Poignant service remembers the victims of the Baedeker Raids in Norwich
- Credit: Ian Burt
In April 1942 Norwich was changed forever when the German Luftwaffe attacked our city with an assault that claimed the lives of more than 200 people and saw many streets reduced to rubble.
And todaySaturday, 75 years on, the victims of the Baedeker Raids were remembered in a poignant service held at the Baedeker Gardens in Earlham Cemetery, where more than 100 of those who lost their lives are laid to rest.
Among those who gathered to pay their respects were standard bearers and members of the Norfolk & Norwich Combined Ex-services Association. the Lord Mayor of Norwich, Marion Maxwell, and the Sheriff of Norwich, Richard Marks.
Rev Robert Avery, vicar of St Peter Mancroft Church, led the service.
He spoke of how in the Second World War the total number of civilians killed actually outnumbered the total number of service personnel killed.
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'Very rightly and properly we focus on those who gave their lives fighting in our armed forces every year, we do that at remembrance time and on other significant anniversary occasions...but it is also very important that we remember those civilians who were killed on occasions like this, 75 years on,' Rev Avery said.
'The sacrifices that they made during a time of war, the contribution that they made to the winning and the giving of peace were no less vital.'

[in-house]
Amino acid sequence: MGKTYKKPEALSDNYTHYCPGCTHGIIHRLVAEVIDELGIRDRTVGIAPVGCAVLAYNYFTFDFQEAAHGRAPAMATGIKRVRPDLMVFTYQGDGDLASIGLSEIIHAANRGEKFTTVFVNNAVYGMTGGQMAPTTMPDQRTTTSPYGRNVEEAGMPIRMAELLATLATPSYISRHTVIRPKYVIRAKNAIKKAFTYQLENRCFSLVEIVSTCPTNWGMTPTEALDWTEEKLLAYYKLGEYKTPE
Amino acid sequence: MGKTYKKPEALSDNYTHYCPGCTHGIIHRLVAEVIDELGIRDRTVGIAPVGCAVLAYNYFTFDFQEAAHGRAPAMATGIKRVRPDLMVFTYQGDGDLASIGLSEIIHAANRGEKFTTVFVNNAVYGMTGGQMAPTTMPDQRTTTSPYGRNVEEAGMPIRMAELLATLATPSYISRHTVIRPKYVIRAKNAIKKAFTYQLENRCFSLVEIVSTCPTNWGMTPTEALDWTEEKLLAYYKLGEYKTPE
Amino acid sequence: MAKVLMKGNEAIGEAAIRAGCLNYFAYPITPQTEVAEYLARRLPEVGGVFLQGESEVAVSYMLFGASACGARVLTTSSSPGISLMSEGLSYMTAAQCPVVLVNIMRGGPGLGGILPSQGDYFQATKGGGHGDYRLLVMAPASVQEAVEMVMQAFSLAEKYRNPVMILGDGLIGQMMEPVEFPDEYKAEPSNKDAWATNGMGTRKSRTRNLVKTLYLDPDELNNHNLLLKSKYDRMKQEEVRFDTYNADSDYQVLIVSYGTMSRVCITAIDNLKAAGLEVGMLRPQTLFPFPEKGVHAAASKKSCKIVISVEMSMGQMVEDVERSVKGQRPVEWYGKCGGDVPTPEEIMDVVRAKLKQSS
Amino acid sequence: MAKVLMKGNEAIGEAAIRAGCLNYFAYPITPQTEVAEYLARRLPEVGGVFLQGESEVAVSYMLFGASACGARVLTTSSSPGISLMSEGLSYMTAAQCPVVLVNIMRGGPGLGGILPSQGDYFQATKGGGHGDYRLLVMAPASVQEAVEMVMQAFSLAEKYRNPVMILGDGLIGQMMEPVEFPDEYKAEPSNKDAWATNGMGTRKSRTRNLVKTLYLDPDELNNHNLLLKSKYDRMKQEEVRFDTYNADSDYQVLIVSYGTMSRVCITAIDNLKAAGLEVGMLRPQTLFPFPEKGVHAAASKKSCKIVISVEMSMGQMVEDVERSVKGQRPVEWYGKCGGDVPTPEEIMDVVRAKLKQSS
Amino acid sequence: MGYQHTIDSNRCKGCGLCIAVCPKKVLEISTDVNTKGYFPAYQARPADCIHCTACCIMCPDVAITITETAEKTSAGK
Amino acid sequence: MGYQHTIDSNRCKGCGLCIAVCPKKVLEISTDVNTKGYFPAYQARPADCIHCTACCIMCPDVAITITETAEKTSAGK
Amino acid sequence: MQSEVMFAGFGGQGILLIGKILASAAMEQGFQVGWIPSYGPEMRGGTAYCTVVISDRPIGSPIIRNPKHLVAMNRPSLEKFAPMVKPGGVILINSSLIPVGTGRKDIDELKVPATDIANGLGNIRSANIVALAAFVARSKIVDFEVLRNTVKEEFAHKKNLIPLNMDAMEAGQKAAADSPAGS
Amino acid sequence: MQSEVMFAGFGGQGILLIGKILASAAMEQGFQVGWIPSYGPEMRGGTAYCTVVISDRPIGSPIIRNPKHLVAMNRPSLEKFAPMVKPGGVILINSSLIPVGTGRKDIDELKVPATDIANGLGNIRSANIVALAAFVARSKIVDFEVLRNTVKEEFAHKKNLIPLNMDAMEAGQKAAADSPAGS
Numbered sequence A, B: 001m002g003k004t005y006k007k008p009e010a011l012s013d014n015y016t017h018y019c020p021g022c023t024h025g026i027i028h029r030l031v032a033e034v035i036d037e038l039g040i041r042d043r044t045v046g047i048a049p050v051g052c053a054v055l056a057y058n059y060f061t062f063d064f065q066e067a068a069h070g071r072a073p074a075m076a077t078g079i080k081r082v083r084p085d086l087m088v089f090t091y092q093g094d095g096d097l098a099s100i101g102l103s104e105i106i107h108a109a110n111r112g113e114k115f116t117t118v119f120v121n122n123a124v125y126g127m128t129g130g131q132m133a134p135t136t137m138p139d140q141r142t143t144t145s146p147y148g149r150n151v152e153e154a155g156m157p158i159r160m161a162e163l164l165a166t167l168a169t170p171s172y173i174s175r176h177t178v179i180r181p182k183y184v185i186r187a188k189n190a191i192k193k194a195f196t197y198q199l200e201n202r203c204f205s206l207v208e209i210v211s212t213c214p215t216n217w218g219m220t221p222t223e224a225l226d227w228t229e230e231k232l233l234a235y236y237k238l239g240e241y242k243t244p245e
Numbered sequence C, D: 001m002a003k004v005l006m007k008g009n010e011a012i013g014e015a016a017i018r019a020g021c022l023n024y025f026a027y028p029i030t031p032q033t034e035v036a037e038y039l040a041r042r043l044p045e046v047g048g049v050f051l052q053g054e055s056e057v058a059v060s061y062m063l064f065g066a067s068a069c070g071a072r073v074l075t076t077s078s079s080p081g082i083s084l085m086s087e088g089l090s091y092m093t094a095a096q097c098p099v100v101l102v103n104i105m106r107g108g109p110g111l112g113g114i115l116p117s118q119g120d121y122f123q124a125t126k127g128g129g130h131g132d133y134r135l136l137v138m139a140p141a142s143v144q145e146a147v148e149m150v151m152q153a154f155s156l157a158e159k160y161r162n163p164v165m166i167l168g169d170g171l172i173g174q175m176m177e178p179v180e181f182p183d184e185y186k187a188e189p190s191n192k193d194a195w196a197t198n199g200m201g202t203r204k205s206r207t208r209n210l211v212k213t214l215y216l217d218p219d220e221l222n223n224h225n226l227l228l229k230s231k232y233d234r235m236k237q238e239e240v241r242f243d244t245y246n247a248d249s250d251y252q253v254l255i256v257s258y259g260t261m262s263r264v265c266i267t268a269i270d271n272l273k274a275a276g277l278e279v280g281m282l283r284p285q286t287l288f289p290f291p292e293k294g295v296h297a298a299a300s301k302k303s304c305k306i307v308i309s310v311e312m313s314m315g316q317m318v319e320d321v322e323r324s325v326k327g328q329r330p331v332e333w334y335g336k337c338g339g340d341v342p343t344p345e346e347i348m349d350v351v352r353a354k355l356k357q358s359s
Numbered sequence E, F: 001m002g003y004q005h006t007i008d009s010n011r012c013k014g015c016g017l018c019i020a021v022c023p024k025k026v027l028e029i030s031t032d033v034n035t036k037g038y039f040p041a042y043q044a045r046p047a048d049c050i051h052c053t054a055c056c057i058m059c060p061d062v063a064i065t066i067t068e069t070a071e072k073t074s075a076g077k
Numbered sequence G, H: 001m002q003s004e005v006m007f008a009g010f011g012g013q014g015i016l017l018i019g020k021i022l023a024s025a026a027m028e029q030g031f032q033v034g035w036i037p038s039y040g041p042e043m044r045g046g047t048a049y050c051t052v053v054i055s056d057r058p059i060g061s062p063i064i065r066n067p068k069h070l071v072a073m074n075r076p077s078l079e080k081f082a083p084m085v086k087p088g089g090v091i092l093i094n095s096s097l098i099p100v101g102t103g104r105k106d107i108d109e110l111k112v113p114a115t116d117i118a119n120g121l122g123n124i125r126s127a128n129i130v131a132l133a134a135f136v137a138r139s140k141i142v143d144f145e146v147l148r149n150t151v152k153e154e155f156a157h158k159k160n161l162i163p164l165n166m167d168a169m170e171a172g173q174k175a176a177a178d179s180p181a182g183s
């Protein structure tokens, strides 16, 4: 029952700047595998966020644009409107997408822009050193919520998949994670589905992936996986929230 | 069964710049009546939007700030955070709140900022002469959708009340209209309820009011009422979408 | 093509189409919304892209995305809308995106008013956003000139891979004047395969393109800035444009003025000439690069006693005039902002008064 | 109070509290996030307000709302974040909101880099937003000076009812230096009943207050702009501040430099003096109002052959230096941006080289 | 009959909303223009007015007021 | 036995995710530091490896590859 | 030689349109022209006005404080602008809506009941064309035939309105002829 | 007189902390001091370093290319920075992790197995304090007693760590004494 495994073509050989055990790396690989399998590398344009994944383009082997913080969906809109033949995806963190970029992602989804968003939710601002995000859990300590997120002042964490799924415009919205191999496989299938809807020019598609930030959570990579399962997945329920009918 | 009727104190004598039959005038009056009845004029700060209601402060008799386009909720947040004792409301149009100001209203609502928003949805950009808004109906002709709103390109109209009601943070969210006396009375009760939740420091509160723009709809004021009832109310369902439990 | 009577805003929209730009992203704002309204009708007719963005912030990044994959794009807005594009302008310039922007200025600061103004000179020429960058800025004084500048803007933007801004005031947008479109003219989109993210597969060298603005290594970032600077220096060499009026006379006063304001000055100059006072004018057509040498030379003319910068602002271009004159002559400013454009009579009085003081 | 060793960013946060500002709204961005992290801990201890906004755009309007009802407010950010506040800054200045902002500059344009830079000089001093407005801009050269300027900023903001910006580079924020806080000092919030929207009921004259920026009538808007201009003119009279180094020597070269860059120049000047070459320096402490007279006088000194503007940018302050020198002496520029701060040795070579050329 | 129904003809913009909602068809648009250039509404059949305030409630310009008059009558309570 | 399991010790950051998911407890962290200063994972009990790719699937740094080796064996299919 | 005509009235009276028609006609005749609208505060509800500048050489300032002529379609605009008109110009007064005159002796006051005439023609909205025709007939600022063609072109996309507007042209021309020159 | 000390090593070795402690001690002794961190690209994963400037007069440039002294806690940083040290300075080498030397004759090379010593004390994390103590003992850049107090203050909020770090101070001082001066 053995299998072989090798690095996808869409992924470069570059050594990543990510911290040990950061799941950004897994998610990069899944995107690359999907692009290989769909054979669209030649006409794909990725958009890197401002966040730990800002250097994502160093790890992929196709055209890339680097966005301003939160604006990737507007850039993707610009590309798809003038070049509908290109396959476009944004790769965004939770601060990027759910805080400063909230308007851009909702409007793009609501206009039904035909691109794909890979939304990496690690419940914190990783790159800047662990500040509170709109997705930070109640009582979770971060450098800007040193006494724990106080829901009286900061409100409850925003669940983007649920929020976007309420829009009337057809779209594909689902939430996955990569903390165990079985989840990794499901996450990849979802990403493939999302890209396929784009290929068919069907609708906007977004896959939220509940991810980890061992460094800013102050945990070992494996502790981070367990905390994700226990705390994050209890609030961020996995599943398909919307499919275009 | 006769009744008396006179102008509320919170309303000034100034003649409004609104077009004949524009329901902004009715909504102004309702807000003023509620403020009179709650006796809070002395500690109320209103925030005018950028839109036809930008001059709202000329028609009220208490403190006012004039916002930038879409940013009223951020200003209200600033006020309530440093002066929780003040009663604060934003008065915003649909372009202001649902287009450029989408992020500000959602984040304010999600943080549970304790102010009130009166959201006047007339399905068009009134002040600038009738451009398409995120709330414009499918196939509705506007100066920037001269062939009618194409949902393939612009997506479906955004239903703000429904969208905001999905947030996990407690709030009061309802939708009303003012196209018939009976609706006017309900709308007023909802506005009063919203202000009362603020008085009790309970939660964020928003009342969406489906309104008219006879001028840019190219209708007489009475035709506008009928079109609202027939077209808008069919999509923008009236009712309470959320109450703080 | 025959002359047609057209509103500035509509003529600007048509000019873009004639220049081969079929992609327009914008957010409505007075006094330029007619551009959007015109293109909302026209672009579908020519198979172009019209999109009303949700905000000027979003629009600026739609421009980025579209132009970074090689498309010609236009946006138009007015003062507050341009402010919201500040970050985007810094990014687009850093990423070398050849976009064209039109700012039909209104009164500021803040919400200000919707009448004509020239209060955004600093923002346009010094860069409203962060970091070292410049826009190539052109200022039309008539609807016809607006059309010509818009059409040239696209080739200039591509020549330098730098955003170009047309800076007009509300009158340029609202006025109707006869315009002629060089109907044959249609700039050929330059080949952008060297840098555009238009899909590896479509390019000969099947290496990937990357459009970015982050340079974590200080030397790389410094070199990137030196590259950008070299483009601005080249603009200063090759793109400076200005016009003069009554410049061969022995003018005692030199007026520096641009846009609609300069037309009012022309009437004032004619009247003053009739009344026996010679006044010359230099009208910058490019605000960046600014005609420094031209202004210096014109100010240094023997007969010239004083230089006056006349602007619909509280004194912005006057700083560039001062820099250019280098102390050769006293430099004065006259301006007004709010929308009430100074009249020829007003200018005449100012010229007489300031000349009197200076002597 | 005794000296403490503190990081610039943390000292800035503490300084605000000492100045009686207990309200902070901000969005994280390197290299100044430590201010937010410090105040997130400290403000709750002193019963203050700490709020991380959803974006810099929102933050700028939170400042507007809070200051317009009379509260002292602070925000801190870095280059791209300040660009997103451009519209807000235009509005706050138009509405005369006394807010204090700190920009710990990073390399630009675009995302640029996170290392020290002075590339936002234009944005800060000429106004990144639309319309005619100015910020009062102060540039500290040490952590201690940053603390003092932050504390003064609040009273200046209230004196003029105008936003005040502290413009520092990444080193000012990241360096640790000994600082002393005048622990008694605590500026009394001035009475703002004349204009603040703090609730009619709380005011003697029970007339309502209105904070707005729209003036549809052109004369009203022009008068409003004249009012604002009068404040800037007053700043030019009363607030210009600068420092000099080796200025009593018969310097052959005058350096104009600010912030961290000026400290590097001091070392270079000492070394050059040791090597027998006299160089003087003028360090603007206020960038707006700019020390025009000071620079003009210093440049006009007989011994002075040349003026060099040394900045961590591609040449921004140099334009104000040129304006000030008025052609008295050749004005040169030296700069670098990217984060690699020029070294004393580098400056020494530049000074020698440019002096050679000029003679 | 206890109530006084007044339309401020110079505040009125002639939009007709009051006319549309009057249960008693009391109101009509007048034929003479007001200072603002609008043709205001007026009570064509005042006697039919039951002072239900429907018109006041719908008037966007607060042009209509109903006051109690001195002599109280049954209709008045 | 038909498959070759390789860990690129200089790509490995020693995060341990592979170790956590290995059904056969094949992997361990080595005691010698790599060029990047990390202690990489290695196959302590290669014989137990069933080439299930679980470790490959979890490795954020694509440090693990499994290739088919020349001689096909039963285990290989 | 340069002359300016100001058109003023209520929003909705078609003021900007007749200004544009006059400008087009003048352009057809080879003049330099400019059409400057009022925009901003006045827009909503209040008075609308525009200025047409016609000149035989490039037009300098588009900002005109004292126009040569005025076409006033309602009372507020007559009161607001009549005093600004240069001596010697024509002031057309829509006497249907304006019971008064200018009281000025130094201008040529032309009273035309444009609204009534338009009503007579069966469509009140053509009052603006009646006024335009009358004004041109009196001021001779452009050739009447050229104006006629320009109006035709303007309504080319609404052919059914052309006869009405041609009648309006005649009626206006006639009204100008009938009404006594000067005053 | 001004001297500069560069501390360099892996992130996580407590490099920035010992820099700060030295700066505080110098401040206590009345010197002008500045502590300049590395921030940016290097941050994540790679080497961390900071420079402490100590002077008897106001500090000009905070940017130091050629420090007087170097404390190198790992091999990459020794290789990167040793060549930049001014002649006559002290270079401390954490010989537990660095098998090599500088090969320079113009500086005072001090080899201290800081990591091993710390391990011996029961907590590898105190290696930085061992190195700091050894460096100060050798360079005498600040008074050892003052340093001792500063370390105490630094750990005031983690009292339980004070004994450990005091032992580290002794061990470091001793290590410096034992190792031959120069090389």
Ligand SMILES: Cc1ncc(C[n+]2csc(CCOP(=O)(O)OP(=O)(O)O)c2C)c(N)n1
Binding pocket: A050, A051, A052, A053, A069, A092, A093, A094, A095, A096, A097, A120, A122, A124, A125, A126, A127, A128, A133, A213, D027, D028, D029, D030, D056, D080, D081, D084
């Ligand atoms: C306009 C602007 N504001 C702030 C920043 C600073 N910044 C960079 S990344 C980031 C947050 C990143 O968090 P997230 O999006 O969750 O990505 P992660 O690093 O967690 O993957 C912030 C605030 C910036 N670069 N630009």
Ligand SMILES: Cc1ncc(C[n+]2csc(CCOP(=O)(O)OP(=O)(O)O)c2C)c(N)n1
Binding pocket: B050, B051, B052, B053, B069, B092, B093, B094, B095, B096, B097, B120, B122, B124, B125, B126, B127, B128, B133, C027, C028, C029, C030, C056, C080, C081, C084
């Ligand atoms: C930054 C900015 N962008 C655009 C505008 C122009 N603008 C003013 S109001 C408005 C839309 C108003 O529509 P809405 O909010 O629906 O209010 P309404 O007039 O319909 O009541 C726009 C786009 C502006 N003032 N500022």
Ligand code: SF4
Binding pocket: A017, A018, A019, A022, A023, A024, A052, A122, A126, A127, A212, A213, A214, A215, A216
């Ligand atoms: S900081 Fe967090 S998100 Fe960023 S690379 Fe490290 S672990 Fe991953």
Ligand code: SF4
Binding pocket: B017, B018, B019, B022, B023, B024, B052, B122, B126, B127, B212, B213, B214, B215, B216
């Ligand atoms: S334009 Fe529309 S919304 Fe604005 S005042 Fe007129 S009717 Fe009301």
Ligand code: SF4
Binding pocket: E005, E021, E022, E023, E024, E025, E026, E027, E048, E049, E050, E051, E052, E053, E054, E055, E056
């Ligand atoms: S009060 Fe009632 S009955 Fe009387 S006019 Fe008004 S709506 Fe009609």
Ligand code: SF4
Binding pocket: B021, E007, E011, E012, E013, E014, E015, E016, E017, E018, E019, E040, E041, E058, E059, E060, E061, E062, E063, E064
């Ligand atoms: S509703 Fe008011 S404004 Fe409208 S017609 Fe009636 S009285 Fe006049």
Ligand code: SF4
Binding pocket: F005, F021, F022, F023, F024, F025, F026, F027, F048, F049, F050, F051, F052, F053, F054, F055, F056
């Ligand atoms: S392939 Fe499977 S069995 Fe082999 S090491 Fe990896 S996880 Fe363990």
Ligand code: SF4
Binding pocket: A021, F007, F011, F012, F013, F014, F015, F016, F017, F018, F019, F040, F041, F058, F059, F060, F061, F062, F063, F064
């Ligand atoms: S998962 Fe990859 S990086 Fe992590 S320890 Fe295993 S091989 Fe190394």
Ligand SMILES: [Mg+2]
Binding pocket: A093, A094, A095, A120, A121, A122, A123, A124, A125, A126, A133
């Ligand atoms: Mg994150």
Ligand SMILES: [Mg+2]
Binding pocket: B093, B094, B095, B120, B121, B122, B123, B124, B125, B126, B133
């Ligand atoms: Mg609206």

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He said that in Norwich 340 people were killed and more than 1,000 were injured as a result of bombing raids during the Second World War, and that three quarters of these casualties were due to the Baedeker Raids in April 1942.
He spoke of how the city suffered greatly, with many homes, shops, department stores, churches and other buildings also lost or damaged.
He paid tribute to how the spirit of the time and the resilience of the city was 'quite remarkable,' before reading from an account of the time by 'Ossy' Osbiston, a member of the rescue service, who dealt with the aftermath of a bombing on Chapelfield Gardens.
After the standards were lowered, Stephen Freeman-Pannett, from the Norfolk & Norwich Combined Ex-services Association, laid a wreath and the Lord Mayor laid some flowers before those gathered fell silent in remembrance and prayers concluded the service.
ABOUT THE BAEDEKER RAIDS IN NORWICH
The Baedeker Raids were named after the tourist guide to Britain which the Germans reputedly used to choose their target cities for the raids.
On Monday, April 27, 1942, for more than two hours, the Luftwaffe pounded Norwich, dropping about 185 heavy bombs, weighing more than 50 tons.
Official records say 162 people were killed and nearly 600 others badly hurt. Hundreds more were left homeless as many streets were reduced to rubble. At almost the same time on the following Wednesday the bombers returned and, according to official figures, 69 people died and nearly 90 people were badly injured. A smaller raid also took place on the Thursday.
Norwich's main landmarks - the cathedrals, the castle, St Peter Mancroft, City Hall and the Guildhall - miraculously survived the raids, but many homes were lost and public buildings, corner shops, department stores (including Curls) and factories (including Caley's) were destroyed or damaged along with churches and public houses.